Word of the Week: Zwangsumtausch

Sep 19, 2014

Deutsche Mark Enlarge image The West German Mark was worth more than the East German Mark. (© dpa - Bildarchiv) No one likes to be forced to do anything, especially when it comes to spending money. But in 1964, the East German government began a policy known colloquially as the Zwangsumtausch ("forceful exchange of money"). In other words, a mandatory exchange of currency.

In German, zwingen means "to force" and Umtausch means the exchange of money. The Zwangsumtausch forced visitors of the GDR to exchange a minimum amount of money for each day that they spent in the GDR. Early on, visitors from the West were required to exchange at least 5 West German Marks (DM) into 5 East German Marks (M) for each day they were in the east. This amount varied over the years, and was raised to 25 DM in 1980. The West German currency, however, had a much higher value; on the black market, one could usually buy 5 M for every DM (exchange rates varied from 1:3 to 1:8). The 1:1 Zwangsumtausch therefore benefitted the GDR financially, since the East German state was always in need of hard currency reserves.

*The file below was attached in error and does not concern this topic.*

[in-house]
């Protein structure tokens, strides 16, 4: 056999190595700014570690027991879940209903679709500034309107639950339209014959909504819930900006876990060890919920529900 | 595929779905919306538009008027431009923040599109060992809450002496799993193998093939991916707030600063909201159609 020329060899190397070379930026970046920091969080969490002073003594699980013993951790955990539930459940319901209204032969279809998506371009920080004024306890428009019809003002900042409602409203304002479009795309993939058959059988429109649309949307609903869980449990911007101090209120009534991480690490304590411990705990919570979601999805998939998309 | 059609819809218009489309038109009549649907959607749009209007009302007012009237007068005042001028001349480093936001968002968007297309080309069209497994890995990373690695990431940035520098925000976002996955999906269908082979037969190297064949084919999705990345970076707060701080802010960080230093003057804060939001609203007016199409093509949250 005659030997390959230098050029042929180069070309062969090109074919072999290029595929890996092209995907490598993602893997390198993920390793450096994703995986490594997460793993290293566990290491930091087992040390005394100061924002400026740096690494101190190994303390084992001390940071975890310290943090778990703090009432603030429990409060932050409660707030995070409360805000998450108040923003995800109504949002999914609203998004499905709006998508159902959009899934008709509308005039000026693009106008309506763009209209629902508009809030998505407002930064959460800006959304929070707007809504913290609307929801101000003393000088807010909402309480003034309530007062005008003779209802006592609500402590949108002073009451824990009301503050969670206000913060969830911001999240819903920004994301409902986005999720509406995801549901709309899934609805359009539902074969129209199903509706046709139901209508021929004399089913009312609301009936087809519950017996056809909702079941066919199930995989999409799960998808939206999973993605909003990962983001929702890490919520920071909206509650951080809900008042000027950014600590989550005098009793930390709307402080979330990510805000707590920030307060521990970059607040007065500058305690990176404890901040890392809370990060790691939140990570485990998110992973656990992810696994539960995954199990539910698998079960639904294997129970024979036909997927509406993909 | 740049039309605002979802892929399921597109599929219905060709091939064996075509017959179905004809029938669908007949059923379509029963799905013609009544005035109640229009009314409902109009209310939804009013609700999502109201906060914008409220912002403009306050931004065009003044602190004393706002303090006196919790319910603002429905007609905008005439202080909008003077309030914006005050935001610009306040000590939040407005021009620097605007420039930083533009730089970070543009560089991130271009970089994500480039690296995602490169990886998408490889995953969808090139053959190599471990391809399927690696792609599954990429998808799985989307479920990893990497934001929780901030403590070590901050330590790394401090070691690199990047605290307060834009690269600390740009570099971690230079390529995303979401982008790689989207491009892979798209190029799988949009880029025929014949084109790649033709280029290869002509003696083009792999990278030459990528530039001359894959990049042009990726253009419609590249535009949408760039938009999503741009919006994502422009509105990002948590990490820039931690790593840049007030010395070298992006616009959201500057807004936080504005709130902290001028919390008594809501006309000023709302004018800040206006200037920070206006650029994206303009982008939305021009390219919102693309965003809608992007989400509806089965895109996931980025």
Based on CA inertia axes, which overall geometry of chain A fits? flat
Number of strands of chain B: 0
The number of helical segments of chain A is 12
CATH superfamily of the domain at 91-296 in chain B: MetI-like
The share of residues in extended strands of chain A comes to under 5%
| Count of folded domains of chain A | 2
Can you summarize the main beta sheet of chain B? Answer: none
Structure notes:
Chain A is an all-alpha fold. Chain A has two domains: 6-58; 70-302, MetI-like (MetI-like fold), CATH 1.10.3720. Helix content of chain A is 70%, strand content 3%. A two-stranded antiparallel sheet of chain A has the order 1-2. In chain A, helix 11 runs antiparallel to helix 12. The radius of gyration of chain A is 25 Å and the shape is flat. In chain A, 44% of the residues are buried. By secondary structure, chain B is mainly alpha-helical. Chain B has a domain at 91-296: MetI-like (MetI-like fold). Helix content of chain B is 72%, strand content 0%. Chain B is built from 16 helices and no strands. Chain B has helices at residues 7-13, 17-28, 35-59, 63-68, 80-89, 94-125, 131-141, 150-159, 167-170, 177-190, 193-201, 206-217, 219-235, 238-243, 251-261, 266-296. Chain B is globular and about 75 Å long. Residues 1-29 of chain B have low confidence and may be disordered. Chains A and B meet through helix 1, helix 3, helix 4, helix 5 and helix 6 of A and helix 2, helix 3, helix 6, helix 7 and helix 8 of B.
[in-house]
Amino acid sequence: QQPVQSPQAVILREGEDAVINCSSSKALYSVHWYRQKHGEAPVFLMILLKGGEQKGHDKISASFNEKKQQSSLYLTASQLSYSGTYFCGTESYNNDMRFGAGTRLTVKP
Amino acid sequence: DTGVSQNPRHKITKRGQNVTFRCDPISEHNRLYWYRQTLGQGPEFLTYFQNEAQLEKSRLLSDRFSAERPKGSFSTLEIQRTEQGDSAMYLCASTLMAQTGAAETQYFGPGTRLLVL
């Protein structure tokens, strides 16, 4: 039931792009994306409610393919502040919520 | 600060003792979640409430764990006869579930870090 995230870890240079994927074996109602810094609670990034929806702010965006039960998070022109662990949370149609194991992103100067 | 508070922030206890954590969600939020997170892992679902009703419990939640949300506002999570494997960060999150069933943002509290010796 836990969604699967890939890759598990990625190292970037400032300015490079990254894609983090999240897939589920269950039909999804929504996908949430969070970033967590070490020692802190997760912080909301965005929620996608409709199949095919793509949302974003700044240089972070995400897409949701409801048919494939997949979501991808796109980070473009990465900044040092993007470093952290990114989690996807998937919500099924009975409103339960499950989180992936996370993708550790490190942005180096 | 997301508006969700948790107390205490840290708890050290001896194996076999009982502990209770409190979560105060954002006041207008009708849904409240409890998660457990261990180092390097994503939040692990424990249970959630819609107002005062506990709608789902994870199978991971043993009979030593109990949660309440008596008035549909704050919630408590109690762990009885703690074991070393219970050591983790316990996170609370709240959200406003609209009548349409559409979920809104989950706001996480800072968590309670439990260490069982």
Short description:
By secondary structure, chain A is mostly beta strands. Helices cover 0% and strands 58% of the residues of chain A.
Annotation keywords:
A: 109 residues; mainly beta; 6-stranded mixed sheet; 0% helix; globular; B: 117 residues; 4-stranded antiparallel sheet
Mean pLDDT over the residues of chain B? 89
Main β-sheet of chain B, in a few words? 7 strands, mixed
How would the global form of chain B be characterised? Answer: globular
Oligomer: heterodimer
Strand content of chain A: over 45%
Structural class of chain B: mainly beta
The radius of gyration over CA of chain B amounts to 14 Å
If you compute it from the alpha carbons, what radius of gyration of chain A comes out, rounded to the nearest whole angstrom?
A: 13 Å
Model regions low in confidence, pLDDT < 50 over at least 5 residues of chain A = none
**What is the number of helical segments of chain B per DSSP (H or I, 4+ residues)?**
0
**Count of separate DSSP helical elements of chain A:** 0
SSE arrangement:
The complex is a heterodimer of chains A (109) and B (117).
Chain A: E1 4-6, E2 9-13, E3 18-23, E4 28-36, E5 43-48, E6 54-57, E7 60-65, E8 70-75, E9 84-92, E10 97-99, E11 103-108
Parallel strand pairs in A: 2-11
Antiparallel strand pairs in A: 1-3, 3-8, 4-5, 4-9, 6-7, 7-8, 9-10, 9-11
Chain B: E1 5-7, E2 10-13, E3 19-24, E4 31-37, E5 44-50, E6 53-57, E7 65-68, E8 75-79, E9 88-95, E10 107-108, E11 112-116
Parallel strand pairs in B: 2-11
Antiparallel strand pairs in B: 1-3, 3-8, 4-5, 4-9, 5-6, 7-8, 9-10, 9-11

Visitors from the west often found it difficult to spend the money they were forced to exchange - there was little to buy in East Germany, especially if they were simply visiting relatives on the other side of the border. At the end of their visit, they were unable to exchange their East German currency back into West German currency. The GDR also prohibited the export of their currency. As a result, visitors with leftover Marks were forced to deposit their money at an East German bank for future use if they returned to East Germany.

The Zwangsumtausch was a burden for those who visited the east, especially if they only spent a short amount of time on the other side of the border. Some people, however, were exempt from this policy, including retirees, students and tourists who could prove hotel stays exceeding 25 M per night. But for the most part, the Zwangsumtausch was an inconvenience. Businessmen and others who crossed the border frequently often found themselves with large East German bank accounts holding the currency they had exchanged during their many trips.

The word Zwangsumtausch has a negative connotation, referring to the policy as something forceful and unwanted. The GDR, however, called this the Mindestumtausch ("minimum mandatory exchange").

West German visitors Enlarge image West Germans wait to cross the border to East Germany on Christmas Eve in 1989. The Zwangsumtausch was waived that year during the holidays. (© dpa - Report) With the 25th anniversary of the fall of the Berlin Wall around the corner, you might hear a lot about the Zwangsumtausch and the difficulties of having two currencies in a divided Germany. Check out our Reunification Dictionary to learn more words related to the wall!

By Nicole Glass, Editor of The Week in Germany

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